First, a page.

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Phil-osophically Speaking


The story was lost in the miasma of events that pelted the national landscape like steely droplets of rain.  Kermit Gosnell, an abortionist practicing his grisly trade in Philadelphia, is on trial for the murder of one woman and 7 infants. Gosnell, who once plied his trade, in back alleys, had a reputation for cavalierly performing abortions at any stage of pregnancy. The legal limit in the city of brotherly love is 24 weeks, but in Gosnell’s clinic, who had the time to consult a calendar? 


They were a busy bunch as the hundreds of fetal body parts that were found strewn all over the clinic clearly demonstrated. The modus operandi of this crack team of terminal specialists proceeded as follows: Gosnell or a staffer would induce labor and deliver the baby alive. They would then slash the helpless infant, Jack the Ripper style, with scissors through the neck and spine. Though Gosnell’s clinic was a veritable human abattoir, they euphemistically referred to these gut wrenching executions as snippings. In this pitiless fashion, Gosnell ended hundreds of pregnancies and in the process mutilated a number of women. 


How quickly and decisively the winds of culture can blow away the edifice of what were once the inviolable canons of social rectitude. It wasn’t long ago when the Democratic Party, the majority party, was a manifestly pro-life party. Listen to Senator Ted Kennedy, the Lion of the Left, in the years before the landmark Roe v. Wade decision: “The legalization of abortion on demand” said the Massachusetts senator, “is not in accordance with the value which our civilization places on human life.” Or the poetic symmetry of Hubert Humphrey, the party’s presidential nominee in 1968, when he spoke of the responsibility of elected officials as being “the guardians of those who are in the dawn of life, the children; those who are in the twilight of life, the elderly; and those who are in the shadow of life, the sick, the needy, the handicapped.”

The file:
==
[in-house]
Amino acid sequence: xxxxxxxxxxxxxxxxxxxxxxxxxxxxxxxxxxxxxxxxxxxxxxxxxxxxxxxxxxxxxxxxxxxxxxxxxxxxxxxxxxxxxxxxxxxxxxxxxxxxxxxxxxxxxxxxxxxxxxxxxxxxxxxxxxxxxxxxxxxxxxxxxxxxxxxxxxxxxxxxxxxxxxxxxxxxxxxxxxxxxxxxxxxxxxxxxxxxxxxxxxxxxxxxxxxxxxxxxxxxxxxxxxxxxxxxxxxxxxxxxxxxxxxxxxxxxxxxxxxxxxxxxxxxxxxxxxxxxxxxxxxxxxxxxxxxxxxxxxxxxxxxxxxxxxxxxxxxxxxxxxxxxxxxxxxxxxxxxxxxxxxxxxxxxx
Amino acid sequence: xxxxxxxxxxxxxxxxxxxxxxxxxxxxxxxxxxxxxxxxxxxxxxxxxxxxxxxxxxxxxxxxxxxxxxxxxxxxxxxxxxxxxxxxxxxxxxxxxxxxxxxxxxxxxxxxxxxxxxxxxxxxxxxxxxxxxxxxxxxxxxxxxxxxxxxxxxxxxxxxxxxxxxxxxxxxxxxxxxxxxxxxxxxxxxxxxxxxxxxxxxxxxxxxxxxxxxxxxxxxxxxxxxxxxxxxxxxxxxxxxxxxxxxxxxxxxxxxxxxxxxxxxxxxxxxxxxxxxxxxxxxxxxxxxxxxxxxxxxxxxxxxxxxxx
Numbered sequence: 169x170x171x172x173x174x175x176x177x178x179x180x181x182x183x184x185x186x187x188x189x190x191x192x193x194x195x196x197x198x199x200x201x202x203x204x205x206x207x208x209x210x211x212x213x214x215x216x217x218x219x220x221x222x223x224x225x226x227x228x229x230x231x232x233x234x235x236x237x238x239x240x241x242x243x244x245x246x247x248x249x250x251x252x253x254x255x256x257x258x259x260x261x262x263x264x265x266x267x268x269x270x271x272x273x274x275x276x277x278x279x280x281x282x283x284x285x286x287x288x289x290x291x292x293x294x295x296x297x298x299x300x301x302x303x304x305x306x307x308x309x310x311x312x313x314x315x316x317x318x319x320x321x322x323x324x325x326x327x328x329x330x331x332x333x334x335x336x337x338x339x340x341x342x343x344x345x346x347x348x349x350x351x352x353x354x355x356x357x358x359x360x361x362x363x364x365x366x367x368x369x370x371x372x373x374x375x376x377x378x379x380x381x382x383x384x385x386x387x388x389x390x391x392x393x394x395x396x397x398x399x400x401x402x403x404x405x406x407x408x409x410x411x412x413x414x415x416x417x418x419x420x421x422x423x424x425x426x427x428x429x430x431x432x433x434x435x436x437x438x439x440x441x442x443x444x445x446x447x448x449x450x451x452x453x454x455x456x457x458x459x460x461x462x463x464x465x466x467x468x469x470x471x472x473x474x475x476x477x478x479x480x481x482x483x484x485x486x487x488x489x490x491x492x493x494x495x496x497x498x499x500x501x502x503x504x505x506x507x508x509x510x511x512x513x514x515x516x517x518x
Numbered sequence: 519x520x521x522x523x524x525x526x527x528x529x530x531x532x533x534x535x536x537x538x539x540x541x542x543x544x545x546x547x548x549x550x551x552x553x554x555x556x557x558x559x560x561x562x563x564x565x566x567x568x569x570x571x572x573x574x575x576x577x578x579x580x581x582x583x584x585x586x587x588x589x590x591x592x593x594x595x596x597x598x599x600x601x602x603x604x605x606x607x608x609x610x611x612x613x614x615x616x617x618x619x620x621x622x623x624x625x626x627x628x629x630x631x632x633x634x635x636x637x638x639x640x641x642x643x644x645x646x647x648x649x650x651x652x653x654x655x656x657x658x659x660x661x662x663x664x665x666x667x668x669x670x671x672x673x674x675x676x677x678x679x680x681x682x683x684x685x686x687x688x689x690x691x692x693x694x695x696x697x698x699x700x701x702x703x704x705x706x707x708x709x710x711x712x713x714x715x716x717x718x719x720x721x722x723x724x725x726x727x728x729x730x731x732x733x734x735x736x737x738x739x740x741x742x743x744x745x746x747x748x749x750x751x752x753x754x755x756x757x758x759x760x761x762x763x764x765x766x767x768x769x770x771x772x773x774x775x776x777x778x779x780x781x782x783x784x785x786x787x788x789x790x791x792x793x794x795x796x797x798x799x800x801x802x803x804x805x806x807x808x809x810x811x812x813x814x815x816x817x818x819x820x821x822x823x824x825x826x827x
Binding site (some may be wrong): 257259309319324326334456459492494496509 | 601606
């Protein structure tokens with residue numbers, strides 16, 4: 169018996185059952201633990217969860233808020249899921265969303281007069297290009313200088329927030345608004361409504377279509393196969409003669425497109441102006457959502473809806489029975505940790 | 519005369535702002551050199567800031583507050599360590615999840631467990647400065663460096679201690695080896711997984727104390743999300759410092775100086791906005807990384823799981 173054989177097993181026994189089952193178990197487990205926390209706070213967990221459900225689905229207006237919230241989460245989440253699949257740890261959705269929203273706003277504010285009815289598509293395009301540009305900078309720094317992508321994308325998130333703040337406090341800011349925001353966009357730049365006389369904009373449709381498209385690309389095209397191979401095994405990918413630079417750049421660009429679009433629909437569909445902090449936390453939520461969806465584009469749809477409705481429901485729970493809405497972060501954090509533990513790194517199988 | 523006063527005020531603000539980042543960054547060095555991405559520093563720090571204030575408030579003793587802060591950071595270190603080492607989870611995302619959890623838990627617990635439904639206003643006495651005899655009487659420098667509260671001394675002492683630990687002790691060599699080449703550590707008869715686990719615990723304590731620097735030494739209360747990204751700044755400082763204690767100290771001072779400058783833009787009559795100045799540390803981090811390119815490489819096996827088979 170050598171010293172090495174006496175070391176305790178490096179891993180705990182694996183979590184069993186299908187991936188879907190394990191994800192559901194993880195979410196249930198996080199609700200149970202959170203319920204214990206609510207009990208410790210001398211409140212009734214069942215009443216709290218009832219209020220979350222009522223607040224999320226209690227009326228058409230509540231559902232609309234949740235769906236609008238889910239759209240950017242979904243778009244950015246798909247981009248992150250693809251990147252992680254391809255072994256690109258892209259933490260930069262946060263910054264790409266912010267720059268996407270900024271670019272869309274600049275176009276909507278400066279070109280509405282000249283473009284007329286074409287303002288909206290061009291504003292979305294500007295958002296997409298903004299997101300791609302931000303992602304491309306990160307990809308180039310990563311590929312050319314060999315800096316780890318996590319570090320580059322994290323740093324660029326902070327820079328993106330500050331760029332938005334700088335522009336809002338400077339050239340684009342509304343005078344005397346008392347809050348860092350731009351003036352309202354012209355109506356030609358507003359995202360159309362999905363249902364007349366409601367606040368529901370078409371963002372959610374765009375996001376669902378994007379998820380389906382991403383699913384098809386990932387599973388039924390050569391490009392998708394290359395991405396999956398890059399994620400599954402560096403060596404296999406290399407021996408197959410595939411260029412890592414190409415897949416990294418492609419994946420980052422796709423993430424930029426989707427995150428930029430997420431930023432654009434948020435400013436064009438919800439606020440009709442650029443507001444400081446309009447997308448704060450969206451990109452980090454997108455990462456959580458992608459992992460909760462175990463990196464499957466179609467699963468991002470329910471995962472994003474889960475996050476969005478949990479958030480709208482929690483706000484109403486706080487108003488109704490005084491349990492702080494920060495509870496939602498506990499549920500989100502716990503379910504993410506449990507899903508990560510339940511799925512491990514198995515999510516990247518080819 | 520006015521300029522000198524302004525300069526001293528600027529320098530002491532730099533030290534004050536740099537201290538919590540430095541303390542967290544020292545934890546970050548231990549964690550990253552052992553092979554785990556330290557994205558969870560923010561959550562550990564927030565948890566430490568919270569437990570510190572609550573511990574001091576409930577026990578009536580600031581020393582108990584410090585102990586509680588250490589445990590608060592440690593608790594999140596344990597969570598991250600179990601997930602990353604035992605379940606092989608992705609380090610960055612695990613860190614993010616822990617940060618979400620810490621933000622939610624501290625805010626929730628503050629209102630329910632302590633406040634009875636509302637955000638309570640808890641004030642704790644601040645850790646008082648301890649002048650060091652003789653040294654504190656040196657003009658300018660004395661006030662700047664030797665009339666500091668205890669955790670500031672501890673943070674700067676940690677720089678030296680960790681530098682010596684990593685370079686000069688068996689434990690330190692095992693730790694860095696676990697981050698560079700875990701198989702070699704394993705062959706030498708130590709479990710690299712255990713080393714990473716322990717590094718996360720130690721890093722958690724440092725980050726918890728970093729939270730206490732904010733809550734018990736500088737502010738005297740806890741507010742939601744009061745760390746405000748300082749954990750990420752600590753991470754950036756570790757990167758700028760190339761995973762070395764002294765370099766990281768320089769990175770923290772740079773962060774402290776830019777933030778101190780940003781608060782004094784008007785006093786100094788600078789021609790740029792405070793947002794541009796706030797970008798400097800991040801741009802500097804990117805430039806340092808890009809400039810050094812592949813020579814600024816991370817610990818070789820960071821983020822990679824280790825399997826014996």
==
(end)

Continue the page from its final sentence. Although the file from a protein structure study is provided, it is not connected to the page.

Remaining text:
To target any group, whatever their physical status, as bereft of humanity is to target all of us. The garment that makes humanity metaphysically seamless cannot be rent willfully, tearing off a sleeve there or unraveling a hem over there. How does such callousness reflect on the mentally retarded child, the quadriplegic, the stroke victim, the elderly person with dementia. To designate categories of non-human persons is a dangerous business and I imagine was the reason that President Clinton hoped that while abortions should be legal and safe they should also be rare.  Unfortunately, there are those who are so ferociously defensive in defending the right to an abortion that to impede it in any way, even when performed in the most barbaric manner, cannot be countenanced.